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Custom and Myth

Page: 3

{3a} Professor Tiele, of Leyden, says much the same thing: ‘The uncertainties are great, and there is a constant risk of taking mere jeux d’esprit for scientific results.’ {3b} Every name has, if we can discover or conjecture it, a meaning. That meaning—be it ‘large’ or ‘small,’ ‘loud’ or ‘bright,’ ‘wise’ or ‘dark,’ ‘swift’ or ‘slow’—is always capable of being explained as an epithet of the sun, or of the cloud, or of both. Whatever, then, a name may signify, some scholars will find that it originally denoted the cloud, if they belong to one school, or the sun or dawn, if they belong to another faction. Obviously this process is a mere jeu d’esprit. This logic would be admitted in no other science, and, by similar arguments, any name whatever might be shown to be appropriate to a solar hero.

The scholarly method has now been applied for many years, and what are the results? The ideas attained by the method have been so popularised that they are actually made to enter into the education of children, and are published in primers and catechisms of mythology. But what has a discreet scholar to say to the whole business? ‘The difficult task of interpreting mythical names has, so far, produced few certain results’—so writes Otto Schrader. {4} Though Schrader still has hopes of better things, it is admitted that the present results are highly disputable. In England, where one set of these results has become an article of faith, readers chiefly accept the opinions of a single etymological school, and thus escape the difficulty of making up their minds when scholars differ. But differ scholars do, so widely and so often, that scarcely any solid advantages have been gained in mythology from the philological method.

The method of philological mythology is thus discredited by the disputes of its adherents. The system may be called orthodox, but it is an orthodoxy which alters with every new scholar who enters the sacred enclosure. Even were there more harmony, the analysis of names could throw little light on myths. In stories the names may well be, and often demonstrably are, the latest, not the original, feature. Tales, at first told of ‘Somebody,’ get new names attached to them, and obtain a new local habitation, wherever they wander. ‘One of the leading personages to be met in the traditions of the world is really no more than—Somebody. There is nothing this wondrous creature cannot achieve; one only restriction binds him at all—that the name he assumes shall have some sort of congruity with the office he undertakes, and even from this he oftentimes breaks loose.’ {5} We may be pretty sure that the adventures of Jason, Perseus, Œdipous, were originally told only of ‘Somebody.’ The names are later additions, and vary in various lands. A glance at the essay on ‘Cupid and Psyche’ will show that a history like theirs is known, where neither they nor their counterparts in the Veda, Urvasi and Pururavas, were ever heard of; while the incidents of the Jason legend are familiar where no Greek word was ever spoken. Finally, the names in common use among savages are usually derived from natural phenomena, often from clouds, sky, sun, dawn. If, then, a name in a myth can be proved to mean cloud, sky, sun, or what not (and usually one set of scholars find clouds, where others see the dawn), we must not instantly infer that the myth is a nature-myth. Though, doubtless, the heroes in it were never real people, the names are as much common names of real people in the savage state, as Smith and Brown are names of civilised men.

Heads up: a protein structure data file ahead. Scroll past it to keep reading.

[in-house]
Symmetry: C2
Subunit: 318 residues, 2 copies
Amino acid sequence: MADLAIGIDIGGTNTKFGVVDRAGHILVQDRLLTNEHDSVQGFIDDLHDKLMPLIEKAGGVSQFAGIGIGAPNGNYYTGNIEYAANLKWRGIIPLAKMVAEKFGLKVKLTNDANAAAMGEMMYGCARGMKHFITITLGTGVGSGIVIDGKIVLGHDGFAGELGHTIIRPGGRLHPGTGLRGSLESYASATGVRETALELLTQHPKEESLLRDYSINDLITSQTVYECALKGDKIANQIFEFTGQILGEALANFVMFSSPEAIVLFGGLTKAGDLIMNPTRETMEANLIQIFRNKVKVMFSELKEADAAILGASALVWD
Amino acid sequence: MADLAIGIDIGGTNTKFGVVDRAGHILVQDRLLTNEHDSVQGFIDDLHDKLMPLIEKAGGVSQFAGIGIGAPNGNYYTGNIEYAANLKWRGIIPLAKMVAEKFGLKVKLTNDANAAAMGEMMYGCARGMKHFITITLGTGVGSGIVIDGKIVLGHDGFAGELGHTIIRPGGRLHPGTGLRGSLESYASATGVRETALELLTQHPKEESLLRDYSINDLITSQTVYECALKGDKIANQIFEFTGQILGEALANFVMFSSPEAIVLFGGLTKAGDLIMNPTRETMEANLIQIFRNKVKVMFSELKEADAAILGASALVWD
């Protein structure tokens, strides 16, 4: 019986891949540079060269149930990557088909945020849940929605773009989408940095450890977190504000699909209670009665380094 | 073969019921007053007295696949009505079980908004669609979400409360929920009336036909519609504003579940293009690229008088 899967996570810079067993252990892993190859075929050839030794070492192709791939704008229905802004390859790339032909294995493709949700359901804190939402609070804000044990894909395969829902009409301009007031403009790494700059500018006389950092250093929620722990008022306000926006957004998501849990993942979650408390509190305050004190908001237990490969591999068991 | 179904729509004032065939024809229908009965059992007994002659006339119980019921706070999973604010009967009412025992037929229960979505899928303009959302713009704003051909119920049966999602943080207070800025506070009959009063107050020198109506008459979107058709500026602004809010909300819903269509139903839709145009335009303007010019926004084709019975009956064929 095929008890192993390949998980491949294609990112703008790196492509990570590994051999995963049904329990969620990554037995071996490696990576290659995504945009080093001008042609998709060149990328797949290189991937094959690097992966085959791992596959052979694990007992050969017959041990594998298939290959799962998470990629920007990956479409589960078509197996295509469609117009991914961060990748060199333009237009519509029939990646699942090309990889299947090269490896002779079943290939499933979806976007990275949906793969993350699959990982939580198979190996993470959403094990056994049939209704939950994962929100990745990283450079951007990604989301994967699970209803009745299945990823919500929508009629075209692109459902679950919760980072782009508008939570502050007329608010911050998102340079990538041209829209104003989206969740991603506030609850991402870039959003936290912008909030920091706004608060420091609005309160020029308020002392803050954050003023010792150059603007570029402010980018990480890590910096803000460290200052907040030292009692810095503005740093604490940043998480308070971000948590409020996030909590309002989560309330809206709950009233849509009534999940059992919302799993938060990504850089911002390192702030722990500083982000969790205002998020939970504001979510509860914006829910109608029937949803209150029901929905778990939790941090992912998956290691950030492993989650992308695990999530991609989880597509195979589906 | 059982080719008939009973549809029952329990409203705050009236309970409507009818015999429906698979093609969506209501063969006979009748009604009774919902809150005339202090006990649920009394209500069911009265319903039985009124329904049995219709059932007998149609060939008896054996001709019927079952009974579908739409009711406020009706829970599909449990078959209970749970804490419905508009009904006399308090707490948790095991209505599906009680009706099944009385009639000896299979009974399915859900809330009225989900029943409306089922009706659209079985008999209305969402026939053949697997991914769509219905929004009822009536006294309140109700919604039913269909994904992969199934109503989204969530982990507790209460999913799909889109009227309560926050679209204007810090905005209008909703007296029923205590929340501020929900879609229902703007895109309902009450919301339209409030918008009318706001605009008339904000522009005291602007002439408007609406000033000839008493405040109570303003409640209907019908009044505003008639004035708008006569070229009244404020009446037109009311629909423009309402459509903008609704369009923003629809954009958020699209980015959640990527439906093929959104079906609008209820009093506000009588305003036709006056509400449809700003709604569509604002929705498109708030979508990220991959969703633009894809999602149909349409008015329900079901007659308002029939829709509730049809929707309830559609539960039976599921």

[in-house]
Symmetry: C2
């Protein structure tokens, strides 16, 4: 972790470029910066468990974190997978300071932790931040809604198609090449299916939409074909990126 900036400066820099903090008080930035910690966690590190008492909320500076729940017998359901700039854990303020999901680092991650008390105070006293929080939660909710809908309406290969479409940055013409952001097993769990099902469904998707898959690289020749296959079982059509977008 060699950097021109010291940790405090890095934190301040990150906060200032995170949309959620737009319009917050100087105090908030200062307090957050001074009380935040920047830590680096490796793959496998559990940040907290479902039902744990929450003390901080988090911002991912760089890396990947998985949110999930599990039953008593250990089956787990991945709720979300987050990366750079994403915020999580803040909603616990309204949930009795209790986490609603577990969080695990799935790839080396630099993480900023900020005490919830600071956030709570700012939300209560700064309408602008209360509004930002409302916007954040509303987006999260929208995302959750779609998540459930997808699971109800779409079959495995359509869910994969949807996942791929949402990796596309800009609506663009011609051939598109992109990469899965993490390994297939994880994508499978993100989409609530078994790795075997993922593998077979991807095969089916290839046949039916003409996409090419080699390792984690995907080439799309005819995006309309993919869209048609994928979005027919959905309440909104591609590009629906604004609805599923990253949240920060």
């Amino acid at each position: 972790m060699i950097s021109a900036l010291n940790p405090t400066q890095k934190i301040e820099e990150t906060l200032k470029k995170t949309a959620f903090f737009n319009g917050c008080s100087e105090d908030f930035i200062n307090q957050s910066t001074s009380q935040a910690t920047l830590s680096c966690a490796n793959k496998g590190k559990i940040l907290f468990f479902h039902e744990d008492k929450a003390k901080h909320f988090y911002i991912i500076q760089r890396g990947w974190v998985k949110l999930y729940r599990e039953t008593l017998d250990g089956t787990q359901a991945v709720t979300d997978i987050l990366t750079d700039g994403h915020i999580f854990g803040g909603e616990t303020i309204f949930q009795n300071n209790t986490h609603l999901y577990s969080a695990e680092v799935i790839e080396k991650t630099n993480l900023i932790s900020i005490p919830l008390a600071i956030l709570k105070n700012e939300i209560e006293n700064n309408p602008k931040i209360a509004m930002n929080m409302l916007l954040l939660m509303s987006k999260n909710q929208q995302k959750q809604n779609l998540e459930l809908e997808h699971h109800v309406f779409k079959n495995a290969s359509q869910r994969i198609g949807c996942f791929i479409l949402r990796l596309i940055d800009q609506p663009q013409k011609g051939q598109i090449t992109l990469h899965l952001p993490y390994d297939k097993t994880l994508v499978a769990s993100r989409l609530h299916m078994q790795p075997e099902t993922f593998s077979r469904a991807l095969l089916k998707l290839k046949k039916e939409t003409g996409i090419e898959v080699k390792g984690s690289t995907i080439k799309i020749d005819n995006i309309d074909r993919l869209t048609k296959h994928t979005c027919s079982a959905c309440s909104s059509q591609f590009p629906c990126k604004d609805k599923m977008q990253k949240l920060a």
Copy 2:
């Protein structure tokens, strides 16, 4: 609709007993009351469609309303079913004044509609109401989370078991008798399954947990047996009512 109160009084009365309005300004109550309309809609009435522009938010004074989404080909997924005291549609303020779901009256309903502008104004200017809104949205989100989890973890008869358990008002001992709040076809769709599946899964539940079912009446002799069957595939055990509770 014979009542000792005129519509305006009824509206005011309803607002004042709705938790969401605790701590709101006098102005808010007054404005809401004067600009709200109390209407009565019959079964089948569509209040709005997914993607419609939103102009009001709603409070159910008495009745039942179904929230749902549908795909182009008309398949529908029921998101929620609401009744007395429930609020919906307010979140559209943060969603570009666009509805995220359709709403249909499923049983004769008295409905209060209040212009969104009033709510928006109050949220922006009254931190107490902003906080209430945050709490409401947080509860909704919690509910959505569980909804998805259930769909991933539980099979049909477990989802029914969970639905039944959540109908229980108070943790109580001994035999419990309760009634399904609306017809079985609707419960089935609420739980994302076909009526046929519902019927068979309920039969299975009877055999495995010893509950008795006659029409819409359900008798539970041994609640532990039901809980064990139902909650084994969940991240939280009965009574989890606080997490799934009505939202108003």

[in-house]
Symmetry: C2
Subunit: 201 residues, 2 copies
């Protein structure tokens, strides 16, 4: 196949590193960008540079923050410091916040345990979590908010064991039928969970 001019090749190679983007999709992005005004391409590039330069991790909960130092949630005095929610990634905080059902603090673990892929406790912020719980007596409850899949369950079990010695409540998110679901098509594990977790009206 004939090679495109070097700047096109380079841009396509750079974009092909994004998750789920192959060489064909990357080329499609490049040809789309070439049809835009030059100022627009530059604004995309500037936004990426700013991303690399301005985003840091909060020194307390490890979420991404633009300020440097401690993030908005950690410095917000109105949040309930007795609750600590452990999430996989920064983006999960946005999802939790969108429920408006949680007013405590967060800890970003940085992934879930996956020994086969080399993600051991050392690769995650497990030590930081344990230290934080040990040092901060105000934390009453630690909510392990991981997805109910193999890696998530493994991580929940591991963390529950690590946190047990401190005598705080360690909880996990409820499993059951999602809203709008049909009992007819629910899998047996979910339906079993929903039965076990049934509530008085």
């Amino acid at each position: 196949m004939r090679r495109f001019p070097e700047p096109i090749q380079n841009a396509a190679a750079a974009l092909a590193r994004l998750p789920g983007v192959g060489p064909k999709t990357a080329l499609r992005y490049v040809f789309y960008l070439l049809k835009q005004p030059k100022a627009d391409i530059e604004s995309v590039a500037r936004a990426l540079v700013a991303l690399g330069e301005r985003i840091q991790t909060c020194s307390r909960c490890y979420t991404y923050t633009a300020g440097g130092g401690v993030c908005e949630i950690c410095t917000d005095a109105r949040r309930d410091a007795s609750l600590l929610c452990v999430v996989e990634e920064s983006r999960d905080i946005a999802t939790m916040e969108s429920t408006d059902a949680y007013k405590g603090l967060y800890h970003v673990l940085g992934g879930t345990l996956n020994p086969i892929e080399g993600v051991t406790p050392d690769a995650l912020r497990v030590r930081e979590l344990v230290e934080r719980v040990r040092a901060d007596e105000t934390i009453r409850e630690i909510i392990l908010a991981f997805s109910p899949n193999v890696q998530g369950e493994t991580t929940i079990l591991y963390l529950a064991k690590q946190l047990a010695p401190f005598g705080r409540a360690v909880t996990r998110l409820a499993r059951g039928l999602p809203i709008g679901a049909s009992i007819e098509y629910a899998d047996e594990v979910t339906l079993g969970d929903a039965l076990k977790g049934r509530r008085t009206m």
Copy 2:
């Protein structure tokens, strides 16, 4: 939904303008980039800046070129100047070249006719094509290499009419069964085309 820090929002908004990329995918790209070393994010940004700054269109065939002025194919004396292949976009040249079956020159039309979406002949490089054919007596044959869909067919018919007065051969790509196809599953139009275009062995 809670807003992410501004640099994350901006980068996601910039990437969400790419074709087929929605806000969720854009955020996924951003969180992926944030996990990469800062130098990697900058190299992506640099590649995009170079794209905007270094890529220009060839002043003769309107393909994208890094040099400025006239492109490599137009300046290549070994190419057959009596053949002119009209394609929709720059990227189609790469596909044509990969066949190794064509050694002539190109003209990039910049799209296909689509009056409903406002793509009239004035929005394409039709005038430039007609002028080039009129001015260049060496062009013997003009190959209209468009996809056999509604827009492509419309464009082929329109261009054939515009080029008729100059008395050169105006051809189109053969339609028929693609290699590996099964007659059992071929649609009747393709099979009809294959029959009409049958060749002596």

For all these reasons, but chiefly because of the fact that stories are usually anonymous at first, that names are added later, and that stories naturally crystallise round any famous name, heroic, divine, or human, the process of analysis of names is most precarious and untrustworthy. A story is told of Zeus: Zeus means sky, and the story is interpreted by scholars as a sky myth. The modern interpreter forgets, first, that to the myth-maker sky did not at all mean the same thing as it means to him. Sky meant, not an airy, infinite, radiant vault, but a person, and, most likely, a savage person. Secondly, the interpreter forgets that the tale (say the tale of Zeus, Demeter, and the mutilated Ram) may have been originally anonymous, and only later attributed to Zeus, as unclaimed jests are attributed to Sheridan or Talleyrand. Consequently no heavenly phenomena will be the basis and explanation of the story. If one thing in mythology be certain, it is that myths are always changing masters, that the old tales are always being told with new names. Where, for example, is the value of a philological analysis of the name of Jason? As will be seen in the essay ‘A Far-travelled Tale,’ the analysis of the name of Jason is fanciful, precarious, disputed, while the essence of his myth is current in Samoa, Finland, North America, Madagascar, and other lands, where the name was never heard, and where the characters in the story have other names or are anonymous.

For these reasons, and others too many to be adduced here, I have ventured to differ from the current opinion that myths must be interpreted chiefly by philological analysis of names. The system adopted here is explained in the first essay, called ‘The Method of Folklore.’ The name, Folklore, is not a good one, but ‘comparative mythology’ is usually claimed exclusively by the philological interpreters.


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